Environmental guidance for your business in Northern Ireland & Scotland

Construction phase SuDS

Construction phase SuDS 

Construction phase SuDS are used to control and remove silt from the runoff while construction work is ongoing.

When planning your site and the phases of work, make sure that you include enough land to be used for construction phase SuDS. This land needs to be chosen to make sure that there is enough capacity for dealing with potentially silt laden runoff, and is in a suitable location.

Your SuDS should be:

  • Situated away from flood plains
  • Large enough to deal with the volume of runoff that can be expected from the area of your site
  • Constructed away from any areas likely to become flooded by any means.

Avoid stripping large areas of your site and minimise the areas of exposed soil. Keep soil exposed for as short a time as possible. This will minimise the amount of silt laden run-off. Less silt laden water will reduce the risk of water pollution. 

Use cut off ditches to redirect clean run-off water away from working area to avoid overwhelming the SuDS treatment system with ‘clean’ water.

You should avoid using final phase SuDS during the construction phase. They are likely to receive a lot of sediment and silt and this would prevent them operating effectively once the construction is completed.

If they have to be used, for example because of limited space, make sure that remediation work is carried out to return them to good condition once construction work is completed. This could mean removing silt build up in swales and retention ponds or replacing or cleaning gravel in filter drains.

In Scotland you must comply with the General Binding Rules (GBRs) for discharges of run-off water (GBR 10 and 11)

GBR 10 - Discharging water from a surface water drainage system 

From 01 January 2018, GBR 10 was updated to cover surface water discharge from:

  • land used for residential purposes (up to 60 hectares).
  • land used for non-residential premises or yards (excluding industrial estates).
  • car parks with up to 1,000 spaces.
  • metalled roads (excluding motorways and A roads).
  • waterbound roads.


  • constructions sites, where the site, including any constructed access tracks does not:
    • exceed 4 hectares.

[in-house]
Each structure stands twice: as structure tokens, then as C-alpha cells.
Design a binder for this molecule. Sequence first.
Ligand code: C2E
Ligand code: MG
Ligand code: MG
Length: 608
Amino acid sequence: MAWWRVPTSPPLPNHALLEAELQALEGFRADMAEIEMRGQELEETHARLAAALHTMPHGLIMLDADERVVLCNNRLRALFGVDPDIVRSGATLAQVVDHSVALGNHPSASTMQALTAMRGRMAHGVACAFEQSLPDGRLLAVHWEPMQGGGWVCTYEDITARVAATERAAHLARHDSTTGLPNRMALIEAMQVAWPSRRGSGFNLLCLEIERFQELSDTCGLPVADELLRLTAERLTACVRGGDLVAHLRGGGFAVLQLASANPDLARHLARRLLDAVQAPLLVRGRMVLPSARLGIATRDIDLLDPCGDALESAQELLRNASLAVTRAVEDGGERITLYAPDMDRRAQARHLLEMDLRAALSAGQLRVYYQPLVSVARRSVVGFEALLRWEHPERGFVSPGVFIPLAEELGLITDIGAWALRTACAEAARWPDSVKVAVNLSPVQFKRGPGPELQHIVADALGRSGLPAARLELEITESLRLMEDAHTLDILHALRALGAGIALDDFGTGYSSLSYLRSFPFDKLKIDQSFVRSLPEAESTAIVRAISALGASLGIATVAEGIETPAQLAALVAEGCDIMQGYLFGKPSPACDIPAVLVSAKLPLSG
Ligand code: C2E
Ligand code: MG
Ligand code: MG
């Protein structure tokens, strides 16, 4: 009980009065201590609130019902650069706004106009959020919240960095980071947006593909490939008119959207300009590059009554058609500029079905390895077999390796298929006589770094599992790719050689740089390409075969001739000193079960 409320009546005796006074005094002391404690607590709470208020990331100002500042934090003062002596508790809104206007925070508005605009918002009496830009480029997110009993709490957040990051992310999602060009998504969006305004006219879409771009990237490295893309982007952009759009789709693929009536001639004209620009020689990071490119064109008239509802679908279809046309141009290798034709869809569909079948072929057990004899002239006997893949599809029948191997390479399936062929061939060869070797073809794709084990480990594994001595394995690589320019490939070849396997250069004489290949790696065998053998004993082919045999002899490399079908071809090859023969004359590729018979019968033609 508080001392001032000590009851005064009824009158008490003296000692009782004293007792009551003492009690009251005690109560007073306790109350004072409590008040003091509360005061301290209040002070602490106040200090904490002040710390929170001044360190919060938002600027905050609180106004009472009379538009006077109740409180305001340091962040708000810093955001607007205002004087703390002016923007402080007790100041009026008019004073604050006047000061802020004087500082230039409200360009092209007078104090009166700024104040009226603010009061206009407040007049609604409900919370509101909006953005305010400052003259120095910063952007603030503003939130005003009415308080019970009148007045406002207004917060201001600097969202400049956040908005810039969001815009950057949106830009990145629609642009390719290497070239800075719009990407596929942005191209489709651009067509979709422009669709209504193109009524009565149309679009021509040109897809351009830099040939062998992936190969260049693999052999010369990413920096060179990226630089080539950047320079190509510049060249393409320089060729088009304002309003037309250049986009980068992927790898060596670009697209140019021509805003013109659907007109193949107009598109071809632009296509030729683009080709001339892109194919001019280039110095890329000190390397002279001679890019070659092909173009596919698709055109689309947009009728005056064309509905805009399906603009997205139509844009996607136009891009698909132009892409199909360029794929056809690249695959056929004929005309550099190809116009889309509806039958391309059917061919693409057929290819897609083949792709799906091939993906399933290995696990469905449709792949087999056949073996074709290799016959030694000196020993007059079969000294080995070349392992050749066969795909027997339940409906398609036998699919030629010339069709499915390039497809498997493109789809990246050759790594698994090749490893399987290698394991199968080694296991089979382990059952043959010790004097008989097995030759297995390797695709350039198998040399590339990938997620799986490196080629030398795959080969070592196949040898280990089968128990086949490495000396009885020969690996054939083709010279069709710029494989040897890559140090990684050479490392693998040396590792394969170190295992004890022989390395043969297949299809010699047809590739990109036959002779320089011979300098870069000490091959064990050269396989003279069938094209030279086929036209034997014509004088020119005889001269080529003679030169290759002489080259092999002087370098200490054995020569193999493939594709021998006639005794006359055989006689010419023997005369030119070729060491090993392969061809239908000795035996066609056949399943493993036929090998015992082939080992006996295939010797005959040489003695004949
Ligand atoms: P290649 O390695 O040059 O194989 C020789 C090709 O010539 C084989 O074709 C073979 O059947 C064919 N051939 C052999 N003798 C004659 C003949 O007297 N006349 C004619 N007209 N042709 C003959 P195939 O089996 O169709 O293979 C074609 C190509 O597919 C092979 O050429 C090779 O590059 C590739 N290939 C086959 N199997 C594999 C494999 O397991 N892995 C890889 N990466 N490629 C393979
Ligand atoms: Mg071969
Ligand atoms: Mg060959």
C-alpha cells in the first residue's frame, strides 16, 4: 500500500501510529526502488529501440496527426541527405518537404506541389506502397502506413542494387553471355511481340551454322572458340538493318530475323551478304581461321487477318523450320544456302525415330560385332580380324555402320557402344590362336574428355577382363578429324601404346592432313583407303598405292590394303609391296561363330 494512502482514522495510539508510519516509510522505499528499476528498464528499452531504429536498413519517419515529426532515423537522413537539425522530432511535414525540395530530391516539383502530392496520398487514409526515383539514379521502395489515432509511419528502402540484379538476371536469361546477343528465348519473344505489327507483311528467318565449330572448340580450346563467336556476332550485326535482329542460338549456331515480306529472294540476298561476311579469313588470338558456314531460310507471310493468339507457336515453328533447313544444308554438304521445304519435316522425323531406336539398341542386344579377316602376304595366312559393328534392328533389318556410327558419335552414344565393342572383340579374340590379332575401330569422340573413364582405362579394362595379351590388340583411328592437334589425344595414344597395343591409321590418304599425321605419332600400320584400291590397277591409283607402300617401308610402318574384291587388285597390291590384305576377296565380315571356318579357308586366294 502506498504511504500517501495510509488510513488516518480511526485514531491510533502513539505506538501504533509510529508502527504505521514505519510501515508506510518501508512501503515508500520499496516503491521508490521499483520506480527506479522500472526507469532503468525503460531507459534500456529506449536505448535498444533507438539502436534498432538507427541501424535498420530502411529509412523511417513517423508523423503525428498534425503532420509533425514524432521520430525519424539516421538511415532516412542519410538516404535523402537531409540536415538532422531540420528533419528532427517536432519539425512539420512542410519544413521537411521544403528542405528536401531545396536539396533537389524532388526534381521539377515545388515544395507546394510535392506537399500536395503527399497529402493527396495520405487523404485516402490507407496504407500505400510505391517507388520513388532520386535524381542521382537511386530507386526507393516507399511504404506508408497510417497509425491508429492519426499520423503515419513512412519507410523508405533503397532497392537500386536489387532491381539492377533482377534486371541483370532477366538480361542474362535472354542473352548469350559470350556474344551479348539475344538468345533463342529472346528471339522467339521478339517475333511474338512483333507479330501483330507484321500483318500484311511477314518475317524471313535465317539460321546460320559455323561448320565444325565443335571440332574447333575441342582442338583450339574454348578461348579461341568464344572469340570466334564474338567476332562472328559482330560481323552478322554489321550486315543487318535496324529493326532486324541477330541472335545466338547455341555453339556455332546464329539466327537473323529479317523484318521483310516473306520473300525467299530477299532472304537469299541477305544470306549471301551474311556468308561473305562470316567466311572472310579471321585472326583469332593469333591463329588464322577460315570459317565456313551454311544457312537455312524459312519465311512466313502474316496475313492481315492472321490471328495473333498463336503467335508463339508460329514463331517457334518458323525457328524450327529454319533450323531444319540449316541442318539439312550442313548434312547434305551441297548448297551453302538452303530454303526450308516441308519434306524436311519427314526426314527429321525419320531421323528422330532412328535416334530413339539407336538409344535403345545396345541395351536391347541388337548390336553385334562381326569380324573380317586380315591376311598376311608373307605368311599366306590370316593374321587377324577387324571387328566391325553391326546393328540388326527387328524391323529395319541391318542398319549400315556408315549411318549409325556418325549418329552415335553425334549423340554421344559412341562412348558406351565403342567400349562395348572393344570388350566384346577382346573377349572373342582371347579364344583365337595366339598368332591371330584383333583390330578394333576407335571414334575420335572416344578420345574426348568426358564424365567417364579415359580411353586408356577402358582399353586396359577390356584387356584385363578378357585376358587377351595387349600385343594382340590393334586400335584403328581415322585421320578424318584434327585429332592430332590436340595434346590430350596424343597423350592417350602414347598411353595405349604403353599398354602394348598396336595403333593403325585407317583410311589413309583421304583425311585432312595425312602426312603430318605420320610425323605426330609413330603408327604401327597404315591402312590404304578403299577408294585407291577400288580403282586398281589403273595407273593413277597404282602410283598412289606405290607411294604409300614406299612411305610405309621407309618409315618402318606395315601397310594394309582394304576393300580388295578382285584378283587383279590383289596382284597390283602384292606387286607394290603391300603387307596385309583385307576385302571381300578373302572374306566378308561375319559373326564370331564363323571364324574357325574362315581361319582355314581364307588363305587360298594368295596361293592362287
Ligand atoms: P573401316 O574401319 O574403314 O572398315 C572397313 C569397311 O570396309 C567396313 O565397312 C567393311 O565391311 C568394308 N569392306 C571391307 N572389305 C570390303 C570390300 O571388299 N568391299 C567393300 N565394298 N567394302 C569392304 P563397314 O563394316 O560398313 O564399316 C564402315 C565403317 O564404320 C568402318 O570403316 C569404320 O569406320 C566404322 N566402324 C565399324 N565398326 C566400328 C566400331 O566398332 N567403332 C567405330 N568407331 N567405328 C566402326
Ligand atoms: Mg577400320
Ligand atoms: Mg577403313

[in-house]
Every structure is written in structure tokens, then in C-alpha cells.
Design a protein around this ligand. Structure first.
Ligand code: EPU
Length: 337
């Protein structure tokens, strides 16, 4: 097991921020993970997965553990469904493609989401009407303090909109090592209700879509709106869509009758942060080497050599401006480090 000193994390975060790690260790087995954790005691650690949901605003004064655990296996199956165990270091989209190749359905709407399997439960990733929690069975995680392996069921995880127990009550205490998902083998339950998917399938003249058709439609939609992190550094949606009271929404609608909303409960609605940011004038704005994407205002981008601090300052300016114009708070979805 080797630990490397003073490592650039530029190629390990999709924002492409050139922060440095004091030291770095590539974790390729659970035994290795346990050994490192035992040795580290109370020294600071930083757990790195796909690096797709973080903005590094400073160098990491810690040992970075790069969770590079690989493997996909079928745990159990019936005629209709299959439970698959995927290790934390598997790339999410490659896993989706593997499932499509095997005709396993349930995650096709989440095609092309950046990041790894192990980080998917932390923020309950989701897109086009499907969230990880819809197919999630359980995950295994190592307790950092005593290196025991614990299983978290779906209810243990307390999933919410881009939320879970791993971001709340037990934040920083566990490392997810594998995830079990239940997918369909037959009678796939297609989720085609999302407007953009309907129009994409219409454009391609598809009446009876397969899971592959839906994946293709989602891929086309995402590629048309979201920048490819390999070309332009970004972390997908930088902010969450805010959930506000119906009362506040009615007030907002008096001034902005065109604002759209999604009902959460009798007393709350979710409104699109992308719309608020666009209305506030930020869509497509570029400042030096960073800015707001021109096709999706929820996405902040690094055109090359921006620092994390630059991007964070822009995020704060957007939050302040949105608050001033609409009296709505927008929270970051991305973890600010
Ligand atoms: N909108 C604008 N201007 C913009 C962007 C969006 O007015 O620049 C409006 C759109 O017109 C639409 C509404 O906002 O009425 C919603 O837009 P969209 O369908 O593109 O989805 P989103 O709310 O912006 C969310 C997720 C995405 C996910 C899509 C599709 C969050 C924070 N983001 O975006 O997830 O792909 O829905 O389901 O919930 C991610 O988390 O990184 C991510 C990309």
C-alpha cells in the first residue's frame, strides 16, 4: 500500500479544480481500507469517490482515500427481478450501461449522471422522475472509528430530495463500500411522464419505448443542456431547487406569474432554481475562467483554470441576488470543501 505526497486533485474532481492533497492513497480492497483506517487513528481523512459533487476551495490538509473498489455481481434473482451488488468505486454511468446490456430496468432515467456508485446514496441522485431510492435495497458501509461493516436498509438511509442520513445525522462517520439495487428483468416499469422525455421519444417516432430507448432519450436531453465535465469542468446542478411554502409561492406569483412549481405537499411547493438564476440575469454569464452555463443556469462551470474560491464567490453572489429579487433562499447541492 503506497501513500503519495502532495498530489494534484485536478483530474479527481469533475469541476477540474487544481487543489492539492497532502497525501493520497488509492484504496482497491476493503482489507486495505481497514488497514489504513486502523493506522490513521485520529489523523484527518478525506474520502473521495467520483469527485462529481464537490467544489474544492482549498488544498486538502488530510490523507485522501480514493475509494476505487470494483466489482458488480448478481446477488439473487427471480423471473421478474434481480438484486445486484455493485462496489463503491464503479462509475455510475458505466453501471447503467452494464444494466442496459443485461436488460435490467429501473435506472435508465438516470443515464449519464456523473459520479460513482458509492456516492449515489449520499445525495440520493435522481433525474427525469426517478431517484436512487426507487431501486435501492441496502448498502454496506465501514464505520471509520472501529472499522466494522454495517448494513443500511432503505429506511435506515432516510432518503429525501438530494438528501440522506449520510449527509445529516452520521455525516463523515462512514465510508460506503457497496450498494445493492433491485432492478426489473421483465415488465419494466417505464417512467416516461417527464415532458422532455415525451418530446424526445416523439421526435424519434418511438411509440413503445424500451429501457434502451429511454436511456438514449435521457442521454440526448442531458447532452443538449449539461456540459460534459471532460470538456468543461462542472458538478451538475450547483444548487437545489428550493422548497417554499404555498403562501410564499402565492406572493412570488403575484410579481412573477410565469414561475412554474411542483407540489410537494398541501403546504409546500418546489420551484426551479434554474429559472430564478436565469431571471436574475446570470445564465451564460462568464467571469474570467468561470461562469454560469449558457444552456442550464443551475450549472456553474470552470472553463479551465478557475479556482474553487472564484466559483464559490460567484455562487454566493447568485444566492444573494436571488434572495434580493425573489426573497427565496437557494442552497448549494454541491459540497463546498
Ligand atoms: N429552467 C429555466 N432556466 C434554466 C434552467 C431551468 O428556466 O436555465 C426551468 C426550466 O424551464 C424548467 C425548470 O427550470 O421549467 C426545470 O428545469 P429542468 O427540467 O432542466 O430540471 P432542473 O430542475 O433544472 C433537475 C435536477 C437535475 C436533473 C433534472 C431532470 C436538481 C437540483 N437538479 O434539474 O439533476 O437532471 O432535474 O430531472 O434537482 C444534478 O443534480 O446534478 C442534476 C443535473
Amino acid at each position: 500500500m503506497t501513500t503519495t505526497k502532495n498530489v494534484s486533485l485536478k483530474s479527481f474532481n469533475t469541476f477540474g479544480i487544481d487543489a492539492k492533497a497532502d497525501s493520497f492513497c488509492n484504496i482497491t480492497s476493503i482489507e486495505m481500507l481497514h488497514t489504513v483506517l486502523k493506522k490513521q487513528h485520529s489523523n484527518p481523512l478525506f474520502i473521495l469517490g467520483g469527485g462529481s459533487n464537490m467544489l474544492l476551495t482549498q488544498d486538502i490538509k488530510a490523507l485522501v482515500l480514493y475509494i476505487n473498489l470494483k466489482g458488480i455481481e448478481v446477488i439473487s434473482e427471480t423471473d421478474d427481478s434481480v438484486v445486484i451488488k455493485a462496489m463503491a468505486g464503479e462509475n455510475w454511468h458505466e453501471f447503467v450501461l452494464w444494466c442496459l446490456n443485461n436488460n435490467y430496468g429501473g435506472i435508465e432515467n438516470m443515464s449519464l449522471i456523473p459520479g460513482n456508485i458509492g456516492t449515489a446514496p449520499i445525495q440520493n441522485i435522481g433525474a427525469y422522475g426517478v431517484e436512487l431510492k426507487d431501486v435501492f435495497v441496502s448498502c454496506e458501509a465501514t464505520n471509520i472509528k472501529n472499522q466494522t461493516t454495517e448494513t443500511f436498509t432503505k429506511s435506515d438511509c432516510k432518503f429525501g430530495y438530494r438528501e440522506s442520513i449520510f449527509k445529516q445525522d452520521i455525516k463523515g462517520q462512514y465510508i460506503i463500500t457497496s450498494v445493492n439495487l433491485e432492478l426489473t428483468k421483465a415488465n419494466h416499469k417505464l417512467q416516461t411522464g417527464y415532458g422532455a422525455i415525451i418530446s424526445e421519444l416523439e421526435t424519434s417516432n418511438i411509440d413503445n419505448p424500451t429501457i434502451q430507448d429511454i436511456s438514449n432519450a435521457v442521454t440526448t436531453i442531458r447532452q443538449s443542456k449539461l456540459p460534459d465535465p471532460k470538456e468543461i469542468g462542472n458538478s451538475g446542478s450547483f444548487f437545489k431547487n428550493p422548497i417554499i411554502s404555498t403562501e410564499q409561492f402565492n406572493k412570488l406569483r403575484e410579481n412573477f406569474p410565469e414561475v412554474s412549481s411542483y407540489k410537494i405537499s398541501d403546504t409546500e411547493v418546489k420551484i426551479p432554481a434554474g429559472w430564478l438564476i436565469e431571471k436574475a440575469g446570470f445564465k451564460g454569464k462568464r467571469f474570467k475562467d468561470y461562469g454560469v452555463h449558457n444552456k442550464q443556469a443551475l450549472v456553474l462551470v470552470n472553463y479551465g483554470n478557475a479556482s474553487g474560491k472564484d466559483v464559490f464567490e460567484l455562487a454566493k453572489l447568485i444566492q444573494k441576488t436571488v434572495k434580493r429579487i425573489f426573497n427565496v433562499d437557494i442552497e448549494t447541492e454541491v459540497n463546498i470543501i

• contain a road or track longer than 5km.
    • include any area more than 1 hectare, or any length of more than 500m on ground with a slope of more than 25°. 

If your site exceeds these thresholds then you will require authorisation from SEPA, see SEPA : Construction site licences..

GBR 10 specifies that all reasonable steps must be taken to ensure pollution does not occur.

The discharge must not:

  • contain trade effluent/sewage.
  • result in discolouration, iridescence, foaming or growth sewage fungus.
  • destabilise banks or bed of the receiving surface water.
  • contain run-off from fuel delivery areas, vehicle loading/unloading bays where potentially polluting matter is handled or oil and chemical storage, delivery and handling areas. if constructed on or after 1st April 2007.

All parts of the surface water drainage system must be maintained in good working order and repair and steps must be taken to ensure that matter liable to block or obstruct the drainage system is prevented from entering.

Further information


CIRIA: Guidance on the construction of SUDS (C768)

SEPA: Construction site licences webpage

In this guideline

Bunds for oil and chemical storage on construction sites

Controlling surface water runoff from works near water

Dealing with silty water from construction sites

Dewatering excavations on a construction site

Oil Separators for construction sites

Groundwater protection when drilling or boring on a construction site

Sediment control using tanks or silt ponds on construction sites

Slurry (liquid wastes) from construction sites

Wheel washing on construction sites

Working close to water for construction sites

Construction phase SuDS

Drip trays to prevent spills on site

Working close to water for demolition businesses

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